Dutch disbelief after linesman is killed by brutal attack over a game of football
Three teenagers accused of manslaughter by kicking official to death at youth match
The Netherlands was in shock today after a 41-year-old Sunday youth league linesman died from severe head injuries apparently sustained while being savagely beaten by a group of teenage football players in an apparently motiveless attack.
Richard Nieuwenhuizen collapsed and was taken to hospital hours after being beaten by three players from the Amsterdam youth club Nieuw Sloten on Sunday afternoon. Doctors said they had been unable to save his life and he died on Monday.
Mr Nieuwenhuizen had been officiating in a match against the rival Buitenboys club in the town of Almere and one of his own sons has been playing. He was set upon by three teenagers aged 15 and 16 after the game ended in a 2-2 draw. “It is unbelievable that something like this can happen,” said Marcel Oost, chairman of the Buitenboys club.
“Nobody can understand this lethal attack, there was actually no reason for it,” said Rob Mueller, a board member of the Buitenboys club.
Dutch police said yesterday that three teenagers from Amsterdam were to be charged with manslaughter, after their earlier arrest over what they described as an apparently unprovoked attack. “They are under arrest while investigations continue. They are allowed to speak to no one apart from a lawyer,” a police spokeswoman said.
Witnesses interviewed by the Dutch television channel RTL4 said that several players ran up to Mr Nieuwenhuizen after the final whistle was blown. They said a group of them then attacked him and pushed him to the ground. One of the players, wearing football boots, was reported to have stood on his head. “Then he was kicked three times in the stomach,” one of the witnesses said.
Mr Nieuwenhuizen got up and the spectators, many of them parents of the players, gradually left the sports ground. Apparently not seriously affected by the attack, he stood on a touch line watching another game. “Suddenly he collapsed,” Rob Mueller, a board member of the Buitenboys club, told Dutch television.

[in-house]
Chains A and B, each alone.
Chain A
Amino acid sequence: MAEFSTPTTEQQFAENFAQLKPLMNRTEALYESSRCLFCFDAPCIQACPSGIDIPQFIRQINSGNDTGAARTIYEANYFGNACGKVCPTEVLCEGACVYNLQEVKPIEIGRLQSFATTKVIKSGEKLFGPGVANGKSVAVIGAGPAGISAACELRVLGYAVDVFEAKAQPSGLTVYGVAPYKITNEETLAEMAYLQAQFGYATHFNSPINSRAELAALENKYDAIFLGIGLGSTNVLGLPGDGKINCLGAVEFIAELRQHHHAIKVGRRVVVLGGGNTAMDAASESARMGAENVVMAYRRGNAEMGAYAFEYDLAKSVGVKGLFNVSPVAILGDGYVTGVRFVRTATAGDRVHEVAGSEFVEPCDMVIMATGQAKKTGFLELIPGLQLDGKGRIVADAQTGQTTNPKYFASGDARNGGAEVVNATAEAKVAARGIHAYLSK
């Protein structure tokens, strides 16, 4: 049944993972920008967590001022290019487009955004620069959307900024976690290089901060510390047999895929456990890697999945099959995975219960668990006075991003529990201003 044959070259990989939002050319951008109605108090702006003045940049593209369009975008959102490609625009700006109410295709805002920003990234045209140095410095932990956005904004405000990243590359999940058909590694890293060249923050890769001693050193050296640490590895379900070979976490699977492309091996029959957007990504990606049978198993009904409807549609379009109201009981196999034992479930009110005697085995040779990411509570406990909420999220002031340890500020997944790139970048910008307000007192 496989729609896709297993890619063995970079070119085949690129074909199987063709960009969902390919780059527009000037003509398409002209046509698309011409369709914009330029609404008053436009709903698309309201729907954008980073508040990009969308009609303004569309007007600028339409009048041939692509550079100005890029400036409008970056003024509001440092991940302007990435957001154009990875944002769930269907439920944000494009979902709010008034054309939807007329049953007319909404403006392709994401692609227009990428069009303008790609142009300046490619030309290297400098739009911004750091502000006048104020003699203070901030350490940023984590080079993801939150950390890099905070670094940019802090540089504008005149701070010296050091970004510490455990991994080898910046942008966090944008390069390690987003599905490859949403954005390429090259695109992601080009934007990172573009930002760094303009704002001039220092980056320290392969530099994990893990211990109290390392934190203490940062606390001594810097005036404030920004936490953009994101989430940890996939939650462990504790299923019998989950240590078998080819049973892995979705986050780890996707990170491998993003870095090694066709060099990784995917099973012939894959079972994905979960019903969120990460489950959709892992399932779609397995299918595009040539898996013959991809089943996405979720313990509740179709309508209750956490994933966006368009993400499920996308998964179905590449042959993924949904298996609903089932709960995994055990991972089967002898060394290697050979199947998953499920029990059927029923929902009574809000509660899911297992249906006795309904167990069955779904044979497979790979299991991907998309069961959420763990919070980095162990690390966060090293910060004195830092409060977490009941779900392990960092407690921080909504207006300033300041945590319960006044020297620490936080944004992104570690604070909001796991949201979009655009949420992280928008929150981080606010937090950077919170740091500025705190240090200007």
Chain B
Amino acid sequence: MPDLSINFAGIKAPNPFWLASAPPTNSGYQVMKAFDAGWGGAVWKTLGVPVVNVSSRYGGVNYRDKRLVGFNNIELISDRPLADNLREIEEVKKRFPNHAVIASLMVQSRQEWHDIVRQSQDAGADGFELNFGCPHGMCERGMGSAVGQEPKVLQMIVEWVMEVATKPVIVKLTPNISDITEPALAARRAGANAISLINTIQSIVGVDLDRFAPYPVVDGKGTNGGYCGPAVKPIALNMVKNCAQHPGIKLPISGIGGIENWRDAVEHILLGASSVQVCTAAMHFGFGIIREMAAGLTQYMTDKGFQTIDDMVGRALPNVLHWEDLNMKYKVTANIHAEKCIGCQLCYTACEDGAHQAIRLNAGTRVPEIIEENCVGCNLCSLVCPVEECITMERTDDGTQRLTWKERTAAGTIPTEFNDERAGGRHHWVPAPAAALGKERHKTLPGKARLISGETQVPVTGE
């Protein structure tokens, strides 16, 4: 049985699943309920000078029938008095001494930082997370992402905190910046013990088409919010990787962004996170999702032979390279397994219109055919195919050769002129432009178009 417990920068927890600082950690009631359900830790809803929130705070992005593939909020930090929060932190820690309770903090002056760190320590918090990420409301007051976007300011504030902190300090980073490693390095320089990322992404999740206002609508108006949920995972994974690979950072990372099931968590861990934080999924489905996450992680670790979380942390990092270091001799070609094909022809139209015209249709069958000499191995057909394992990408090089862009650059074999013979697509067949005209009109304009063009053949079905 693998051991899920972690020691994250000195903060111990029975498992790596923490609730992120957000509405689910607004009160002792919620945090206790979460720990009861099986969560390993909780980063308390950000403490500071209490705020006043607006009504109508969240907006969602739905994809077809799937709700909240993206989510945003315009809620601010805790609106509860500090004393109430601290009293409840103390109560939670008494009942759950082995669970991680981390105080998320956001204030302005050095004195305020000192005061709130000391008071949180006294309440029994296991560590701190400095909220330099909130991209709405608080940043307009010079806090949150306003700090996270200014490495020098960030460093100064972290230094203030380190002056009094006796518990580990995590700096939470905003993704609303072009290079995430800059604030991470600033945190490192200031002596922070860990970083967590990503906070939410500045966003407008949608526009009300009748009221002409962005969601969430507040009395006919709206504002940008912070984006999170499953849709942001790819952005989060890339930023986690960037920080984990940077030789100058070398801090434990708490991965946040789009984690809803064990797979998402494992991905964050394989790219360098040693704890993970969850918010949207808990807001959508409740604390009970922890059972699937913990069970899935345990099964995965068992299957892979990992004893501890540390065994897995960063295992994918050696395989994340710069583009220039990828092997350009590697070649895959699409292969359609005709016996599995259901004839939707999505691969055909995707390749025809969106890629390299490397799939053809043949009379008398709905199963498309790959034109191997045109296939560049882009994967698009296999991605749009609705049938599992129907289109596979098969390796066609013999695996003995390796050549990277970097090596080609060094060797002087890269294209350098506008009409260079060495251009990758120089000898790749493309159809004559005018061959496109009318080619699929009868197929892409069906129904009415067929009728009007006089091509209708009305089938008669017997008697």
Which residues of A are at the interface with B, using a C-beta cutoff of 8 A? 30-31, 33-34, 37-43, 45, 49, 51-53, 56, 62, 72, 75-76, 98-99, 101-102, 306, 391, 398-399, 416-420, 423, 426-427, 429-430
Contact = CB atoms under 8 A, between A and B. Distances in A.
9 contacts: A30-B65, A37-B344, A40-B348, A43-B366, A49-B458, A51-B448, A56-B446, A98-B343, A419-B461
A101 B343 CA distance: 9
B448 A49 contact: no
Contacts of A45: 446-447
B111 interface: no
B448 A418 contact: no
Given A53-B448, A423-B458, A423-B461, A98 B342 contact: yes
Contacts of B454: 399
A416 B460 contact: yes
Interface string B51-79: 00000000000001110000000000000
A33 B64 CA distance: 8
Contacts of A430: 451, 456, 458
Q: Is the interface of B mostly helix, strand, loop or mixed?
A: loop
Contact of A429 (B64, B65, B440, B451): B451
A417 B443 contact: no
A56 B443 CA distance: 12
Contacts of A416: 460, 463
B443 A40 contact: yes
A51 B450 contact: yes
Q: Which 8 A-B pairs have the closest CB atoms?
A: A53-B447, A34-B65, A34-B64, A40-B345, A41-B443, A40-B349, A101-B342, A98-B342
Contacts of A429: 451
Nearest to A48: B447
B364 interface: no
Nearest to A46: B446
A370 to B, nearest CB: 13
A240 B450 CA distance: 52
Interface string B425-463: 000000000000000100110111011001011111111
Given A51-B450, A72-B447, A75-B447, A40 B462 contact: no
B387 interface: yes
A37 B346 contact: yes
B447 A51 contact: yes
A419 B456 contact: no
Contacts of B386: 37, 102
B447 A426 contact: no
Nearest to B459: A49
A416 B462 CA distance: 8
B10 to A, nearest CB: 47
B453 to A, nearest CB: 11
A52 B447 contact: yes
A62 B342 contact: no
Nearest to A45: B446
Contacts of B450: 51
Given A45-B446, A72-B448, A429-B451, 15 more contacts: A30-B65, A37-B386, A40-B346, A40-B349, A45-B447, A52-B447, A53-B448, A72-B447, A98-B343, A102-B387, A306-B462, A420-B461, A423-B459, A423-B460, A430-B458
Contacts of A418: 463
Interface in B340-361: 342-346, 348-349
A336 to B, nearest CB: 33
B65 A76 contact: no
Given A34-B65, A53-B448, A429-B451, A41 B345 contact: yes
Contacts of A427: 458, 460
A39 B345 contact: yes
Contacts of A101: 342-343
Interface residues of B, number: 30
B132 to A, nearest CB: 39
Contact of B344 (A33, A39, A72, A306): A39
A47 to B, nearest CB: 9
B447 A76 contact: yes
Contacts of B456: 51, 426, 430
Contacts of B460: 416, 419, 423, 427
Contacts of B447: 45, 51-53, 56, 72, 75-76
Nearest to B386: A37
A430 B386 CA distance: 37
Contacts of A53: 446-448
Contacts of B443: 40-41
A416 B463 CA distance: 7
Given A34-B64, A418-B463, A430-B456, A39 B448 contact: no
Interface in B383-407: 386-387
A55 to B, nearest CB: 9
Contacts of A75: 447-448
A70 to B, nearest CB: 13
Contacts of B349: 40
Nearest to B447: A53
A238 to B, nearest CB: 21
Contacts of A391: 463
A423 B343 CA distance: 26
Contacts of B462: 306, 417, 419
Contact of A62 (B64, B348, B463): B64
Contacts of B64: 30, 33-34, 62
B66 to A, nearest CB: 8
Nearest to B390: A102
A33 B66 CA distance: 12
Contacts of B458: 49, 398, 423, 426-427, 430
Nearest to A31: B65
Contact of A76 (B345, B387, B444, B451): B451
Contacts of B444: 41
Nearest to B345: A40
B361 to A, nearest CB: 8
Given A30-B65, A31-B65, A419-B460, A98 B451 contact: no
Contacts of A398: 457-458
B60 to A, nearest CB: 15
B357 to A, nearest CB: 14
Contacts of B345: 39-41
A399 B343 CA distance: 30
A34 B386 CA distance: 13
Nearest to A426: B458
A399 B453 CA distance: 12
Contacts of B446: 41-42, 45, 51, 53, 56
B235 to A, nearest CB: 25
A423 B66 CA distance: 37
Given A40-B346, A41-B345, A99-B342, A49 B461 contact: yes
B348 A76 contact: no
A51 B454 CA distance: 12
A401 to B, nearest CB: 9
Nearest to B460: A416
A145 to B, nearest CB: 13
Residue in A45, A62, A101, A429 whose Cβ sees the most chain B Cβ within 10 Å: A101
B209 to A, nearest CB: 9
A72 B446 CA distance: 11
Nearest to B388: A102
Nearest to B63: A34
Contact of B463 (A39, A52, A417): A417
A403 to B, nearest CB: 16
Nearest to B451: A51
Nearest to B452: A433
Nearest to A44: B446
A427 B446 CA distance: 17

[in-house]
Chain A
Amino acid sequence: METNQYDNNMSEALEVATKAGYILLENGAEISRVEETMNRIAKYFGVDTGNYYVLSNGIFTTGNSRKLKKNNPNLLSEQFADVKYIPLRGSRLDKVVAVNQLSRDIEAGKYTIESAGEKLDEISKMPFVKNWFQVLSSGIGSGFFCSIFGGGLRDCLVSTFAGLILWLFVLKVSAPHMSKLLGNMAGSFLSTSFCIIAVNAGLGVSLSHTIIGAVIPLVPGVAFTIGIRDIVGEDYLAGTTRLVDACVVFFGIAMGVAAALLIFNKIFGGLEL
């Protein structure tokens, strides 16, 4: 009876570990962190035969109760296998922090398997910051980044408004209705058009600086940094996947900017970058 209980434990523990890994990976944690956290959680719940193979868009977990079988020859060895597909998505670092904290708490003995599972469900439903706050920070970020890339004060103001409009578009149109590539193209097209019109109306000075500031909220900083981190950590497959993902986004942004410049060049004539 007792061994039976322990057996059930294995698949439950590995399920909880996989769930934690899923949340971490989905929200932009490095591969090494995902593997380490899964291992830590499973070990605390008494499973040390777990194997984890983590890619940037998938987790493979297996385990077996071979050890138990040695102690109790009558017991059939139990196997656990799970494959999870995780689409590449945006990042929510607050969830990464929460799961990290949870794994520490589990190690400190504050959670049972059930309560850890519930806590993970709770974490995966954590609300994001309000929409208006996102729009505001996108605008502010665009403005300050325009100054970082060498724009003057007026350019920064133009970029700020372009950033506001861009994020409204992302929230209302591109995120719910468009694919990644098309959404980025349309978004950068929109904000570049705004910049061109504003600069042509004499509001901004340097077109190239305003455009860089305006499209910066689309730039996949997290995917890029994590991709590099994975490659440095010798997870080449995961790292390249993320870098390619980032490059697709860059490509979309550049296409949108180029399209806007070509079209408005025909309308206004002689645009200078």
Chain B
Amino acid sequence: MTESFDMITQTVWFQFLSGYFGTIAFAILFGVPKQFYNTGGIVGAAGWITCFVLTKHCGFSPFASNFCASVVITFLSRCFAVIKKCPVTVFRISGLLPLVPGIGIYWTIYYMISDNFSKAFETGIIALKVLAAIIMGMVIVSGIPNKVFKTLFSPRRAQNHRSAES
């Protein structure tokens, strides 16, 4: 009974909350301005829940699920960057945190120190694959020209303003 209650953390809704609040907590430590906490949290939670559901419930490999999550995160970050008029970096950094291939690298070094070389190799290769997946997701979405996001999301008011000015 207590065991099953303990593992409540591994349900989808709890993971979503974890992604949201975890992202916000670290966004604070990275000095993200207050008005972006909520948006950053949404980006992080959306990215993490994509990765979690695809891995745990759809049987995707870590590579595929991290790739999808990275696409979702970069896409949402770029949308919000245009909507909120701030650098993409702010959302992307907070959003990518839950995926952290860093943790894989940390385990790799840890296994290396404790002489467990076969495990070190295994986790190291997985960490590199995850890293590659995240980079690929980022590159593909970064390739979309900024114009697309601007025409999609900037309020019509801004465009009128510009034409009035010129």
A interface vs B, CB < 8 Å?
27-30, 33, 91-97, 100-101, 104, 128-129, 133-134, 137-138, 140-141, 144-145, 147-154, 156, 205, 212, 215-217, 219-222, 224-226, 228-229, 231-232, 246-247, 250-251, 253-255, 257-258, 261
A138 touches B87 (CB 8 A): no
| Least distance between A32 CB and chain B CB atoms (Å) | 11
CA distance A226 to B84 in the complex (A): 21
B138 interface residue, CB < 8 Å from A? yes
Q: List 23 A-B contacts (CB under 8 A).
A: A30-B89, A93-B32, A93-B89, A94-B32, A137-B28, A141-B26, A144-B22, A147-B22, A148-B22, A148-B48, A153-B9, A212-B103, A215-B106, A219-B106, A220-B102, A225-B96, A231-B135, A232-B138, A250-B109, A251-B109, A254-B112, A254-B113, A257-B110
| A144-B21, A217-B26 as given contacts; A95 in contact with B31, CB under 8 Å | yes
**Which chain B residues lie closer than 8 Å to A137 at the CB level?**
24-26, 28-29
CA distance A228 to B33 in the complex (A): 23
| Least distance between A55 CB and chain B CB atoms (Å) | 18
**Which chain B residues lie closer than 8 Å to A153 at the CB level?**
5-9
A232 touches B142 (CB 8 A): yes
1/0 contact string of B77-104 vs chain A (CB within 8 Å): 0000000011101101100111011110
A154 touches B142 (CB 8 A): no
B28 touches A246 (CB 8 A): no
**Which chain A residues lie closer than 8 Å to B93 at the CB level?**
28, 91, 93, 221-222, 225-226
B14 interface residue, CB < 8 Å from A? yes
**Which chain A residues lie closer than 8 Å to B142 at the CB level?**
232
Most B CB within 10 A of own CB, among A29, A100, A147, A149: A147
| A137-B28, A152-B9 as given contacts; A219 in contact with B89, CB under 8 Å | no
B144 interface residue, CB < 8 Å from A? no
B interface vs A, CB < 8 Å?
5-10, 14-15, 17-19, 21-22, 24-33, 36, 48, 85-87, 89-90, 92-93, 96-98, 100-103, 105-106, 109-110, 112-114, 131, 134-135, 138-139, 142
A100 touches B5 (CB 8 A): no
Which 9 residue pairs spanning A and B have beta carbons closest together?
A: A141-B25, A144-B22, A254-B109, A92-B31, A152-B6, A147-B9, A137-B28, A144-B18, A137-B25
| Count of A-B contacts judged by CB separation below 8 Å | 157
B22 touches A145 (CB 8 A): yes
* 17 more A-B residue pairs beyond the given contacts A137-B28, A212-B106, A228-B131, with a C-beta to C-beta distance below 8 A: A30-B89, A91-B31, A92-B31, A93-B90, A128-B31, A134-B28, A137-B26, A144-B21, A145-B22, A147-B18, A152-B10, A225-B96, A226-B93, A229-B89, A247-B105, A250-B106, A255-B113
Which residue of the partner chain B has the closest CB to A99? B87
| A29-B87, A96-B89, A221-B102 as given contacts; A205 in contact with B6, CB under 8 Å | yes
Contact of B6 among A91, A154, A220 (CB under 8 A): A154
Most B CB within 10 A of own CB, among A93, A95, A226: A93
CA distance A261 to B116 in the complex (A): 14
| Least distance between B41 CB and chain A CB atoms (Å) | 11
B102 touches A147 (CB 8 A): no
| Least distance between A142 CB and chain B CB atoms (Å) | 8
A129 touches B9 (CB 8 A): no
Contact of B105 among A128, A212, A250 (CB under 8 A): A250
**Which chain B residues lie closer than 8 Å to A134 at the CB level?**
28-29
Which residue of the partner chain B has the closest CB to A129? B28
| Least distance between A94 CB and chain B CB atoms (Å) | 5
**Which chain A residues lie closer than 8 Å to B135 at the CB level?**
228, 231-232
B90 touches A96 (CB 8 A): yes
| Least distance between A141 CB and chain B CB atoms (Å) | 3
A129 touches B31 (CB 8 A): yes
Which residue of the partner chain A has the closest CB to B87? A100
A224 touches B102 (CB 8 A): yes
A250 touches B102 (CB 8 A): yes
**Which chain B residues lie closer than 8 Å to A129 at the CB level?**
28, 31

An emergency doctor was summoned to the pitch and Mr Nieuwenhuizen was taken to hospital. When doctors noticed that he was unable to speak, he was transferred to a special neurological clinic. But doctors there said his brain was not receiving oxygen so they were unable to operate. They decided to turn off his life support system on Monday afternoon.
Mr Mueller said yesterday that play between the two teenage teams had to be interrupted several times during the match because members of the Nieuw Sloten side were becoming unruly. A press statement on the club’s website expressed “deep shock” over the incident. “Violence has no place on our pitches,” it added saying that the arrested teenage players had been expelled from the club.
“Of course, harsh words are spoken if a linesman’s decision is not agreed with,” Mr Mueller said yesterday. “But we have never experienced this level of violence,” he added.
The Netherlands, like many of its European neighbours, suffers from football violence. In Haarlem, a few miles away, another linesman was attacked during a match last Sunday afternoon.
A recent survey revealed that 51 per cent of Dutch players, spectators and referees had experienced verbal threats while 32 per cent had experienced soccer related physical violence on and off the pitch.
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